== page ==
Japan: oficial interest rates
Sovereign yields remain high

In March, debt markets faced a similar juncture to last month, with no major changes in the ECB’s data-dependency messages or in the Fed’s dot plot, and with greater confidence that the summer is when we will see the first rate cuts. Thus, after spending the month seeking a clear direction, sovereign interest rates ended up almost at the same levels as where they had stood at the end of February. On the other hand, the sovereign curves of the peripheral economies were once again affected by investors’ risk appetite and moderately narrowed their risk premiums, with Spain benefiting from the revision of the country's outlook from «stable» to «positive» assigned by the rating agency Moody's. This was not the case with the French and Italian risk premiums, which rose slightly (+11 bps in Italy and +6 bps in France) from mid-March after it was known that their deficits in 2023 exceeded their respective governments’ targets.

Sovereign yield curves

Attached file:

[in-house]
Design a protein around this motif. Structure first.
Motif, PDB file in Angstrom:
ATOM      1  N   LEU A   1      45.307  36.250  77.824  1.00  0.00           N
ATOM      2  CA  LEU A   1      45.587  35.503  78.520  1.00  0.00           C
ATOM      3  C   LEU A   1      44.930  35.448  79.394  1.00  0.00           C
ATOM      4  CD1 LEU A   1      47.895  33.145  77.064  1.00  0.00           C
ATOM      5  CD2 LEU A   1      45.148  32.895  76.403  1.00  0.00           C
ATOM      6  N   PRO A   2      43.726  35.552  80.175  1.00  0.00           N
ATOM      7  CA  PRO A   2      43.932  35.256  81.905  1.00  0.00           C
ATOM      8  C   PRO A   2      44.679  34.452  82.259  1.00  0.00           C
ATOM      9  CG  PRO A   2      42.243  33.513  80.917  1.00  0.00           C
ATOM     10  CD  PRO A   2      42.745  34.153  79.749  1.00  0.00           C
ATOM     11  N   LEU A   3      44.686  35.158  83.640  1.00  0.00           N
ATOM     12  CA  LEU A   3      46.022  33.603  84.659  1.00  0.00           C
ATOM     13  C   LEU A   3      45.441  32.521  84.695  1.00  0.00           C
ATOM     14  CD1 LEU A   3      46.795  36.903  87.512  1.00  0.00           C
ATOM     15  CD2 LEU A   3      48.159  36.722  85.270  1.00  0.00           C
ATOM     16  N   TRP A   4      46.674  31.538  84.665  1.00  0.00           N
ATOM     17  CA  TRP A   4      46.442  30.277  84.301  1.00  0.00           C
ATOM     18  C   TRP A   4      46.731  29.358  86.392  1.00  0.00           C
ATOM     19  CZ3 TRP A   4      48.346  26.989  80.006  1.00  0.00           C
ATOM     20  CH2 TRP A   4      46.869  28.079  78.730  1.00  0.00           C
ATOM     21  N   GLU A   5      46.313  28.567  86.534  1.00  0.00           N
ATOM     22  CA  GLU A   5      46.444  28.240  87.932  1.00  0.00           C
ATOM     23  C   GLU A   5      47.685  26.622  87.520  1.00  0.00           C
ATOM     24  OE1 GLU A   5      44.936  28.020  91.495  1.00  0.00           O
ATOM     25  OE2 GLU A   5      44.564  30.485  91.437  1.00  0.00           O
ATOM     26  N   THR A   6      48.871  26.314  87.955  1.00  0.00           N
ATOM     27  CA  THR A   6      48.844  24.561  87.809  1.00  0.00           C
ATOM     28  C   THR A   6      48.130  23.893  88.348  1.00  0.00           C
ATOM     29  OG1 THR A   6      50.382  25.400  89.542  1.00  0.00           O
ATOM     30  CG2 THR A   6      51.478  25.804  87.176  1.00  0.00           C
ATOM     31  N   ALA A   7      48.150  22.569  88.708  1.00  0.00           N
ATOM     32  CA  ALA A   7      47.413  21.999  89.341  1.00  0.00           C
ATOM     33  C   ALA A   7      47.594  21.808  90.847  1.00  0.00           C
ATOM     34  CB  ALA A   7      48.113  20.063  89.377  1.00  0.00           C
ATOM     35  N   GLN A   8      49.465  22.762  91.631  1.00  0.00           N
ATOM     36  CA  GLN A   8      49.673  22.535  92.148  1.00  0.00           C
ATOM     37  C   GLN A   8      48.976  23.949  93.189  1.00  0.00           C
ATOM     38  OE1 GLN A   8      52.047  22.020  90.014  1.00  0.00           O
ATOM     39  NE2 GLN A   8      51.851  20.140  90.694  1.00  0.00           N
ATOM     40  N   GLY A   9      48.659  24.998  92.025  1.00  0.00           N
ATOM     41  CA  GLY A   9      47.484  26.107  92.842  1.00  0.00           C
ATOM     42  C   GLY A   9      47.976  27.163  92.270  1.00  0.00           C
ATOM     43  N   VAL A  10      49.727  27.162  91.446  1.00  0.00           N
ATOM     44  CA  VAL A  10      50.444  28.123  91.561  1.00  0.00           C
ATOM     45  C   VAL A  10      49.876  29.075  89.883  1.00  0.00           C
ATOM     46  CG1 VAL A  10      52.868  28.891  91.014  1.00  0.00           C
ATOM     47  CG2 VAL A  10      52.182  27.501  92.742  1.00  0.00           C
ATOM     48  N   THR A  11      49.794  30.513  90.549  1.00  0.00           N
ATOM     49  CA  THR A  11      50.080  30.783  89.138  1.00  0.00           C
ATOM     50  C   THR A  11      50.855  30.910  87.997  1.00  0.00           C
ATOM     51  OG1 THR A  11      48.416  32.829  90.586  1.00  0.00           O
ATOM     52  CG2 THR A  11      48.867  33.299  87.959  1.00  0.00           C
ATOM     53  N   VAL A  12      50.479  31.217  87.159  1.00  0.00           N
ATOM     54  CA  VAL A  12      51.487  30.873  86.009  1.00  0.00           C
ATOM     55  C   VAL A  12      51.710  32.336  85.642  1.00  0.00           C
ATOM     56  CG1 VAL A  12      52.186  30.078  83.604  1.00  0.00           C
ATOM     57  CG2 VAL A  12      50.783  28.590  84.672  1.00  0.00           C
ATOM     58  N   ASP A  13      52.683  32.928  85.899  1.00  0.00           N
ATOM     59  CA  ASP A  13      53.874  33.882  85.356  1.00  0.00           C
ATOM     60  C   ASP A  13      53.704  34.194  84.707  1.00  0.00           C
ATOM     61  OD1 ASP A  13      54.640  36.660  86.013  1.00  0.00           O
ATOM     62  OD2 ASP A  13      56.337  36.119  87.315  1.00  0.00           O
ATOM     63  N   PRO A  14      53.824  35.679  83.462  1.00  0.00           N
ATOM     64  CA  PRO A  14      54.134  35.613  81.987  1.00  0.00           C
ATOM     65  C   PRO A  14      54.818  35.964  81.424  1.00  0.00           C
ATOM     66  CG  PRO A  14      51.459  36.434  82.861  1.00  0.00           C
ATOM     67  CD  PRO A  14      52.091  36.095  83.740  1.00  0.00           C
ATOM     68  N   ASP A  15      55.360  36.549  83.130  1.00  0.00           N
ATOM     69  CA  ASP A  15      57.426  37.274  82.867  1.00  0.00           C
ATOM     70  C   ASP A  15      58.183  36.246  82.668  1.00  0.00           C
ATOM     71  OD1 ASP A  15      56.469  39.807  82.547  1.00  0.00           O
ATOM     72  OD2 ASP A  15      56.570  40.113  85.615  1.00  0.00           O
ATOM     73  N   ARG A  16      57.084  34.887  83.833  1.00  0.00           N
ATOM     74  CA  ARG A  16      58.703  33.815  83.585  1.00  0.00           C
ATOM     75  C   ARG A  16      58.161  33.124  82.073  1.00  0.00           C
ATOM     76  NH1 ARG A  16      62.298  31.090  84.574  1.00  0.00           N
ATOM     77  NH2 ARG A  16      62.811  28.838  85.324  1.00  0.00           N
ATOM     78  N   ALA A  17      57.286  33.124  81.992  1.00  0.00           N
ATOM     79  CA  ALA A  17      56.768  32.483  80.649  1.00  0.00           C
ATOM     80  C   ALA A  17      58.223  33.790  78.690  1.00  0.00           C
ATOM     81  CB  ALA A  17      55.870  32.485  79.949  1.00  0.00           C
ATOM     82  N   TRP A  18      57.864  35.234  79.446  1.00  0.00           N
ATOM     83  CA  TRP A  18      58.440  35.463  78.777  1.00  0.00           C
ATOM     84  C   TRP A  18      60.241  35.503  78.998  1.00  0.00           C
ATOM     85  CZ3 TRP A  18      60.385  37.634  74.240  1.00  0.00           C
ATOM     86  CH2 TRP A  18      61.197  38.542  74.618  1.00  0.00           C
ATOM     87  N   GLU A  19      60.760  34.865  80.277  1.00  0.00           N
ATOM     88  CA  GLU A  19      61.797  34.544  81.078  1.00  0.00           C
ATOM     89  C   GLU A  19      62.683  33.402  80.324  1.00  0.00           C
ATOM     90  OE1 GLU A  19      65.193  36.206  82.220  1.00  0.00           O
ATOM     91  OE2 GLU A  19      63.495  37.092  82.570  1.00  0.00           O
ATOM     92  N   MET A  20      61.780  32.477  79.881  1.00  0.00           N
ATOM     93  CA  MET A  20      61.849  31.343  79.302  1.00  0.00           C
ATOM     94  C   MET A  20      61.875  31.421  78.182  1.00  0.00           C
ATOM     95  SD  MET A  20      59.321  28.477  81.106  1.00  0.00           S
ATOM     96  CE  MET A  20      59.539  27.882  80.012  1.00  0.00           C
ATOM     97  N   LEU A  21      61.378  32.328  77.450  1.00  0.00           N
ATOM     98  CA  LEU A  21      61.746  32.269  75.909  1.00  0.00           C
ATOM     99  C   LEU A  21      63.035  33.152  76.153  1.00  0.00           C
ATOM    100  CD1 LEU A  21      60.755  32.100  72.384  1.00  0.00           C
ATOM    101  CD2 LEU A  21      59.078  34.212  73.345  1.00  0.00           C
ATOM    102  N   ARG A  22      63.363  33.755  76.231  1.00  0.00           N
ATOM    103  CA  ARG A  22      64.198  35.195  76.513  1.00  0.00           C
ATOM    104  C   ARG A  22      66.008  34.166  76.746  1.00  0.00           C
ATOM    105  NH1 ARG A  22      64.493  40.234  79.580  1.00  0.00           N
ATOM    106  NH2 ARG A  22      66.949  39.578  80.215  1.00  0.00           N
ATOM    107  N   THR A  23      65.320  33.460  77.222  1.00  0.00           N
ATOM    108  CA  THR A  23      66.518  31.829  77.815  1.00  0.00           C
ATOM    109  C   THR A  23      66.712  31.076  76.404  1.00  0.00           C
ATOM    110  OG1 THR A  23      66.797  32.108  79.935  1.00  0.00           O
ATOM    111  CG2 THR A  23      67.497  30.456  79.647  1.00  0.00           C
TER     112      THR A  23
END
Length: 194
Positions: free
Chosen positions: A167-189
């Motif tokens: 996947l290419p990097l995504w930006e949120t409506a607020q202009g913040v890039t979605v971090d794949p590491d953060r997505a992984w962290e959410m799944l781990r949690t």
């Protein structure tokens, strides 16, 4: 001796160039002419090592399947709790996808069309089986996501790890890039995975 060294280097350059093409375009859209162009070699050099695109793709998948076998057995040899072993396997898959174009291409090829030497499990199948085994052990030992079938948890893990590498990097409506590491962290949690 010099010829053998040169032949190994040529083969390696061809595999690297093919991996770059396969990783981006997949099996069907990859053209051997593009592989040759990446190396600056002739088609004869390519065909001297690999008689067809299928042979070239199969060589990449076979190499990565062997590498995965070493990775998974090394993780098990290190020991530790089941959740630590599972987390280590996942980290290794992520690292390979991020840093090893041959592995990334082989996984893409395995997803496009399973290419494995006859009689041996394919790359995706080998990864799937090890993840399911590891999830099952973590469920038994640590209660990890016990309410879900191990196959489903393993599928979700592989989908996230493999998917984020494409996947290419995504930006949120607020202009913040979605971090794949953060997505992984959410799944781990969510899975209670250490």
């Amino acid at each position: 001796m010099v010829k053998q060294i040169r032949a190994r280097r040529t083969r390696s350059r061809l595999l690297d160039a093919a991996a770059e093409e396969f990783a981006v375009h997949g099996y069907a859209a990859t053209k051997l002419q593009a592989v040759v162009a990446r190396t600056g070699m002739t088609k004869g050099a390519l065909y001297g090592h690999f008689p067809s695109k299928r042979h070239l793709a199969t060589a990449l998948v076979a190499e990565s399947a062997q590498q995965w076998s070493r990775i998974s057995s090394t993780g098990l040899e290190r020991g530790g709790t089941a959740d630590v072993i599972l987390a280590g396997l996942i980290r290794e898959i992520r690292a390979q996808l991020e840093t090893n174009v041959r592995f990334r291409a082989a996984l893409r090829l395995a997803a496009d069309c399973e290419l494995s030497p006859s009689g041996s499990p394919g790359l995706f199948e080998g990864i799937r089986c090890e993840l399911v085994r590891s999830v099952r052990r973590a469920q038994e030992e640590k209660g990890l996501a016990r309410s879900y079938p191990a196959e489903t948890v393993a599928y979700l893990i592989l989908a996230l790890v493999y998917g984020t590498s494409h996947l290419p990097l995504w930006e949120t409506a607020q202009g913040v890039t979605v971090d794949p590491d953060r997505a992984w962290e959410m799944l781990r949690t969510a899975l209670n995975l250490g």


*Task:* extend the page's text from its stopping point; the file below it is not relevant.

Equities continue to reach record highs

The major stock markets capitalised on the central banks’ dovish tone and remained seemingly oblivious to the high interest rates, the geopolitical risks and even the vulnerabilities in the commercial real estate sector, extending their gains for yet another month. Even the S&P 500 in the US and the Eurostoxx 600 in Europe closed the month of March at new all-time highs. The Spanish stock market stood out in the euro area, with the IBEX 35 rallying almost +11%, spurred by the financial sector after Moody’s positive revision of the rating of 15 national banks after having improved its outlook for Spain. In Asia, Japan’s stock market also hit a record despite the central bank’s rate hike, capitalising on the BoJ’s message of caution on exiting ultra-accommodative conditions, while China’s stock market posted modest gains as flows begin to return to the country amid a government effort to support local markets.